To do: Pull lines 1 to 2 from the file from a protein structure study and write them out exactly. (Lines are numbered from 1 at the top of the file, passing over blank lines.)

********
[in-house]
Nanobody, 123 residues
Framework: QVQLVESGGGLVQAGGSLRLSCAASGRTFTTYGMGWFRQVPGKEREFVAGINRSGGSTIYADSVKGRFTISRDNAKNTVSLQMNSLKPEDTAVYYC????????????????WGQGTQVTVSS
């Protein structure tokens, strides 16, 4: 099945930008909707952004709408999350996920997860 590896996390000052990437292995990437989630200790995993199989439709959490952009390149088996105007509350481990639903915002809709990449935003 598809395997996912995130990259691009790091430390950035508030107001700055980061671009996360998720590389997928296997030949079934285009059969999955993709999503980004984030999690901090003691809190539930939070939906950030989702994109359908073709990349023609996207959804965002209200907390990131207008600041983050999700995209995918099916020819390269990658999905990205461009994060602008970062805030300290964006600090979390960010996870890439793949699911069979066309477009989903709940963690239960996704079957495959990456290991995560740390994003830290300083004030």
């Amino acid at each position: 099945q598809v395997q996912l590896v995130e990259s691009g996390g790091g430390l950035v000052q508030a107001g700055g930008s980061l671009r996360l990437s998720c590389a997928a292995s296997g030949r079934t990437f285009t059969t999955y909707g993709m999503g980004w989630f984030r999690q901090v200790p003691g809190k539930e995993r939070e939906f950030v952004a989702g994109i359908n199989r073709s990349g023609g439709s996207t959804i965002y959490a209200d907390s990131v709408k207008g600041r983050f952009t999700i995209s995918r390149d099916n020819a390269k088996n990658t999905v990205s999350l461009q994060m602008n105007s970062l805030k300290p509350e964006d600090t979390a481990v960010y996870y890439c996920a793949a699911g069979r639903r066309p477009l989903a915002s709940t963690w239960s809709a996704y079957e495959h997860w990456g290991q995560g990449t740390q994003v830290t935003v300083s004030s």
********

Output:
[in-house]
Nanobody, 123 residues